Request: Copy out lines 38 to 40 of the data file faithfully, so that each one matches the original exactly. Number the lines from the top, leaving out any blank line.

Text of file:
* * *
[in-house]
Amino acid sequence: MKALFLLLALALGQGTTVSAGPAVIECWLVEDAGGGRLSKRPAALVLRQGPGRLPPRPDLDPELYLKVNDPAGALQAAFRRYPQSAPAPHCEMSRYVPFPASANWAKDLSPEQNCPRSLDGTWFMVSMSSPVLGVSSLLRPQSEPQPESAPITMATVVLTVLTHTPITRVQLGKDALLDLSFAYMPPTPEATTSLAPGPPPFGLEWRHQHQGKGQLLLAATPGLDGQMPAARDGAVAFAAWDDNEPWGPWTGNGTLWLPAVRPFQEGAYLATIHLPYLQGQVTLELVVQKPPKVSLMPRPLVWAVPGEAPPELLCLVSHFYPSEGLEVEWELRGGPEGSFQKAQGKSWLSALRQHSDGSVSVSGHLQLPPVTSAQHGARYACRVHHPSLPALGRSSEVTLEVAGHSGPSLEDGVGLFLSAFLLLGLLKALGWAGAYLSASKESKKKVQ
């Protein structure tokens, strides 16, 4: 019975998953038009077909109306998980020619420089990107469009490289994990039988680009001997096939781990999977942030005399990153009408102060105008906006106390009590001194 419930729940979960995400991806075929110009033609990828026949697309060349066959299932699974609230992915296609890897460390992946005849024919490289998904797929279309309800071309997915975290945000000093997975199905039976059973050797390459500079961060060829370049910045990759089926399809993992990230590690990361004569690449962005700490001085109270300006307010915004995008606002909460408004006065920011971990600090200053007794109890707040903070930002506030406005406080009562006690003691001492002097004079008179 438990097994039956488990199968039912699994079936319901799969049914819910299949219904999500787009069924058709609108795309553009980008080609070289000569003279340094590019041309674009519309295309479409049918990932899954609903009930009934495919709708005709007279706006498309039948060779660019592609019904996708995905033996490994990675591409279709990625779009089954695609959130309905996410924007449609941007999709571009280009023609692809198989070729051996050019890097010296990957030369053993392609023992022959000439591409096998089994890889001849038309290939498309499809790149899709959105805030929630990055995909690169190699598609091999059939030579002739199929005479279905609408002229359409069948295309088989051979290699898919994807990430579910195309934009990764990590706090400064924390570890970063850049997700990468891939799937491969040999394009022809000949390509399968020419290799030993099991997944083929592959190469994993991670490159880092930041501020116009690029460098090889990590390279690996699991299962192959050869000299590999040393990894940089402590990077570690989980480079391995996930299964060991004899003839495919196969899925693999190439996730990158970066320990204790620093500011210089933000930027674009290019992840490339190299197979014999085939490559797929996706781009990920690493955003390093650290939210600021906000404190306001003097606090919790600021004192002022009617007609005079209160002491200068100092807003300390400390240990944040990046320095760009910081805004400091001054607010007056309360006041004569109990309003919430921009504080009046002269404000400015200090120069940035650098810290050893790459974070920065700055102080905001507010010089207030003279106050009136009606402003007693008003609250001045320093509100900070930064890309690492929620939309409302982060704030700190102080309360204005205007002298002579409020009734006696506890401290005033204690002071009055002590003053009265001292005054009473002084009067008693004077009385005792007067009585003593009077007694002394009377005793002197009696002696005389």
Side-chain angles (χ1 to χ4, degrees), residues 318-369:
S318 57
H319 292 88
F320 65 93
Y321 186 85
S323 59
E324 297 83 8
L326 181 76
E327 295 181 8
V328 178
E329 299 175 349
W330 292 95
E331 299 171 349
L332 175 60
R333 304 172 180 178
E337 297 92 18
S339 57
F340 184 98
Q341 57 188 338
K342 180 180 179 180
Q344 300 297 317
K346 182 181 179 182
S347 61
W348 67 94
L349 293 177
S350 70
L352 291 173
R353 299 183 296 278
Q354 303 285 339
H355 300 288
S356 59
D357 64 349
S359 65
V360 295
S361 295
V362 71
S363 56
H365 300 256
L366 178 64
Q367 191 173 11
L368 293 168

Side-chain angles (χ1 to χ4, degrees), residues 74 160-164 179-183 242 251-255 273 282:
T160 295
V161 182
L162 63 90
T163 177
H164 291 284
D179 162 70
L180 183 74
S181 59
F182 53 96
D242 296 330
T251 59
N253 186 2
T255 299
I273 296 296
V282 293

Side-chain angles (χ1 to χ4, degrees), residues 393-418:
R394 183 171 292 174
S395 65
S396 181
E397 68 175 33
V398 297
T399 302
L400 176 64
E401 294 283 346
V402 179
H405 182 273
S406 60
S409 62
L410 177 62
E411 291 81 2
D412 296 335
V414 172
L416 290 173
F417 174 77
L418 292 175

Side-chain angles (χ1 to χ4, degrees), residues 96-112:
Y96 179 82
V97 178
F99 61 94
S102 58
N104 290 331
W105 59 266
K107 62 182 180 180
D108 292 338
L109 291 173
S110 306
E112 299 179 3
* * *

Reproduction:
S361 295
V362 71
S363 56